Then, between sleeping and waking, there rose before me a vision of Trebizond: not Trebizond as I had seen it, but the Trebizond of the world’s dreams, of my own dreams, shining towers and domes shimmering on a far horizon, yet close at hand, luminously enspelled in the most fantastic unreality, yet the only reality, a walled and gated city, magic and mystical, standing beyond my reach yet I had to be inside, an alien wanderer yet at home, held in the magical enchantment; and at its heart, at the secret heart of the city and the legend and the glory in which I was caught and held, there was some pattern that I could not unravel, some hard core that I could not make my own, and, seeing the pattern and the hard core enshrined within the walls, I turned back from the city and stood outside it, expelled in mortal grief.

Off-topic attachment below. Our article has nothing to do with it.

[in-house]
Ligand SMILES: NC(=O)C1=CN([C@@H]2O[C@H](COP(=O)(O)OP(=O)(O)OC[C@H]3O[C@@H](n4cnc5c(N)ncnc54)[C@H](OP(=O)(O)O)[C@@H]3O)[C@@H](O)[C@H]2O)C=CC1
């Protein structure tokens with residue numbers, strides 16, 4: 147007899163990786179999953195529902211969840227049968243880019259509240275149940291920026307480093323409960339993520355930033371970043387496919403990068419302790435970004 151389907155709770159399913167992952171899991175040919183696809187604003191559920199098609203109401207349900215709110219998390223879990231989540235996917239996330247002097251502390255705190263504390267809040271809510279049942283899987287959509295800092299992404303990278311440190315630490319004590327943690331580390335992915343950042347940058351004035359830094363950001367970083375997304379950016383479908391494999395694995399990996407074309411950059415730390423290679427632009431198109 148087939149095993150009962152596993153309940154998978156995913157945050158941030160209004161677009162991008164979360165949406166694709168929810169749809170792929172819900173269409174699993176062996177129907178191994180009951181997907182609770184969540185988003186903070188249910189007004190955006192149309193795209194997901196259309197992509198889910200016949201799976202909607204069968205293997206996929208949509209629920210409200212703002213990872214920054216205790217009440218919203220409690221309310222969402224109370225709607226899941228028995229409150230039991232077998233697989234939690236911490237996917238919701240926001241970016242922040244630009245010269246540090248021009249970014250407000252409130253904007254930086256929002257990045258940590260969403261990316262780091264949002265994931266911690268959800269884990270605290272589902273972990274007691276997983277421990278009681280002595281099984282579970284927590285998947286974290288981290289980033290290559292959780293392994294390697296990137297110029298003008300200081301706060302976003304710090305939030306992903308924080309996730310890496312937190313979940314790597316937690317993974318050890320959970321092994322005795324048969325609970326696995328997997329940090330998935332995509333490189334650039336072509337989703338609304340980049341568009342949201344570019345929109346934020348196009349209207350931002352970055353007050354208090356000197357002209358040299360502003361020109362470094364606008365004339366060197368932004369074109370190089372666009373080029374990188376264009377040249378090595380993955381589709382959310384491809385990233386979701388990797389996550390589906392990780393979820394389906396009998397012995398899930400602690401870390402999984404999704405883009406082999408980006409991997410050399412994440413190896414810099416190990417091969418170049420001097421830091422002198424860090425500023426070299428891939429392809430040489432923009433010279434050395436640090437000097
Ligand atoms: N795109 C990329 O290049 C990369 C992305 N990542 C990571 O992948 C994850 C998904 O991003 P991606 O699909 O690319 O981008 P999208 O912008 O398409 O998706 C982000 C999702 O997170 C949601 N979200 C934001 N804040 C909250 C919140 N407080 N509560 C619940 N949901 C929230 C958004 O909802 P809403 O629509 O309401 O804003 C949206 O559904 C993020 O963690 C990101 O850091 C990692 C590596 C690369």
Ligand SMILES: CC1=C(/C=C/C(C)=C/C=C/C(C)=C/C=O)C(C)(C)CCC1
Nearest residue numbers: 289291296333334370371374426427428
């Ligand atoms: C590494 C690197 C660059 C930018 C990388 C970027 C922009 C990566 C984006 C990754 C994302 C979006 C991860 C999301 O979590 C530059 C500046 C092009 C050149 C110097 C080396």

The Towers of Trebizond interested and entertained me so much that it seems hardly fair to describe it as a disastrous hodgepodge of a novel — and yet, despite the apparently widely held view that it is some kind of a masterpiece — despite Jan Morris’s confidence that it is a “permanent work of art” or Joanna Trollope’s identifying it as the “book of her life,” to give just two examples of prominent people raving about it — I just can’t get past how strange, uneven, and miscellaneous it is. I notice, too, that these enthusiasts don’t really try to explain why all the parts of the novel fit together, how they add up convincingly to one impressive thing. Maybe unity, for them, is not a particular virtue. I wouldn’t necessarily have identified it as a requirement for literary greatness myself: I don’t demand that every element of a novel be strictly and obviously essential to one fundamental idea or purpose. I don’t, for instance, object to the rather baroque excesses of many of Dickens’s novels, which often digress or effloresce in extraneous ways. But including things you (arguably) didn’t have to isn’t the same as throwing together things that don’t belong together, at least not according to any principle I could discern. Hence my title, which in context is not meant as a criticism but as an embrace of mystery. Much as I loved that transcendent passage and the many others like it in the novel, I could not make The Towers of Trebizond “my own.”